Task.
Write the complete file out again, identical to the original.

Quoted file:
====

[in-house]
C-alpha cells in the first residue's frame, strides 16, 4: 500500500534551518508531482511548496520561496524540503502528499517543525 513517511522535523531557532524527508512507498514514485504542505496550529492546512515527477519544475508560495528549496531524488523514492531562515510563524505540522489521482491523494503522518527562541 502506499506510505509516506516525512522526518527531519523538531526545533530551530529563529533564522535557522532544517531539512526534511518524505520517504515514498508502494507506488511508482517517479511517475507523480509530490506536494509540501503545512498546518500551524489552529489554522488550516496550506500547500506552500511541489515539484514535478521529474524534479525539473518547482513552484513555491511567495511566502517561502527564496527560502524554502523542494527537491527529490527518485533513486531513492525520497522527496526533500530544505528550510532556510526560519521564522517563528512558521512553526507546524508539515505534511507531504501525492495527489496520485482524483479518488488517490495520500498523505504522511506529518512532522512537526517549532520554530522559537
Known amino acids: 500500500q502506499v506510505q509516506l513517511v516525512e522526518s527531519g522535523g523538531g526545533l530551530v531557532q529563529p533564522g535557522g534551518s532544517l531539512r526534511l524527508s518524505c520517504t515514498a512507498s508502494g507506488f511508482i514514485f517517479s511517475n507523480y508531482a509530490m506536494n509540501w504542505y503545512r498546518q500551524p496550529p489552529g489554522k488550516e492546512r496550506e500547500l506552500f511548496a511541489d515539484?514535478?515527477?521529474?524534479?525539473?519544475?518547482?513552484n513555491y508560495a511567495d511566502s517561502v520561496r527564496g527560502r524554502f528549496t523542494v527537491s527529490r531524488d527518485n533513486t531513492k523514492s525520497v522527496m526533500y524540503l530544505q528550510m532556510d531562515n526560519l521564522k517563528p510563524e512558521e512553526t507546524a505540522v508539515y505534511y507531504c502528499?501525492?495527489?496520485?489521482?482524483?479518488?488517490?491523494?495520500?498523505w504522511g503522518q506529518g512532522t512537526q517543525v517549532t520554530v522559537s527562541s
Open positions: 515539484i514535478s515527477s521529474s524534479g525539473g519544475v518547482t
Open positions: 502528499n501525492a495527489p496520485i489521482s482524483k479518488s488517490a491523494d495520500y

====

[in-house]
C-alpha cells in the first residue's frame, strides 16, 4: 500500500534551518508531482511548496520561496524540503502528499517543525 513517511522535523531557532524527508512507498514514485504542505496550529492546512515527477519544475508560495528549496531524488523514492531562515510563524505540522489521482491523494503522518527562541 502506499506510505509516506516525512522526518527531519523538531526545533530551530529563529533564522535557522532544517531539512526534511518524505520517504515514498508502494507506488511508482517517479511517475507523480509530490506536494509540501503545512498546518500551524489552529489554522488550516496550506500547500506552500511541489515539484514535478521529474524534479525539473518547482513552484513555491511567495511566502517561502527564496527560502524554502523542494527537491527529490527518485533513486531513492525520497522527496526533500530544505528550510532556510526560519521564522517563528512558521512553526507546524508539515505534511507531504501525492495527489496520485482524483479518488488517490495520500498523505504522511506529518512532522512537526517549532520554530522559537
Known amino acids: 500500500q502506499v506510505q509516506l513517511v516525512e522526518s527531519g522535523g523538531g526545533l530551530v531557532q529563529p533564522g535557522g534551518s532544517l531539512r526534511l524527508s518524505c520517504t515514498a512507498s508502494g507506488f511508482i514514485f517517479s511517475n507523480y508531482a509530490m506536494n509540501w504542505y503545512r498546518q500551524p496550529p489552529g489554522k488550516e492546512r496550506e500547500l506552500f511548496a511541489d515539484?514535478?515527477?521529474?524534479?525539473?519544475?518547482?513552484n513555491y508560495a511567495d511566502s517561502v520561496r527564496g527560502r524554502f528549496t523542494v527537491s527529490r531524488d527518485n533513486t531513492k523514492s525520497v522527496m526533500y524540503l530544505q528550510m532556510d531562515n526560519l521564522k517563528p510563524e512558521e512553526t507546524a505540522v508539515y505534511y507531504c502528499?501525492?495527489?496520485?489521482?482524483?479518488?488517490?491523494?495520500?498523505w504522511g503522518q506529518g512532522t512537526q517543525v517549532t520554530v522559537s527562541s
Open positions: 515539484i514535478s515527477s521529474s524534479g525539473g519544475v518547482t
Open positions: 502528499n501525492a495527489p496520485i489521482s482524483k479518488s488517490a491523494d495520500y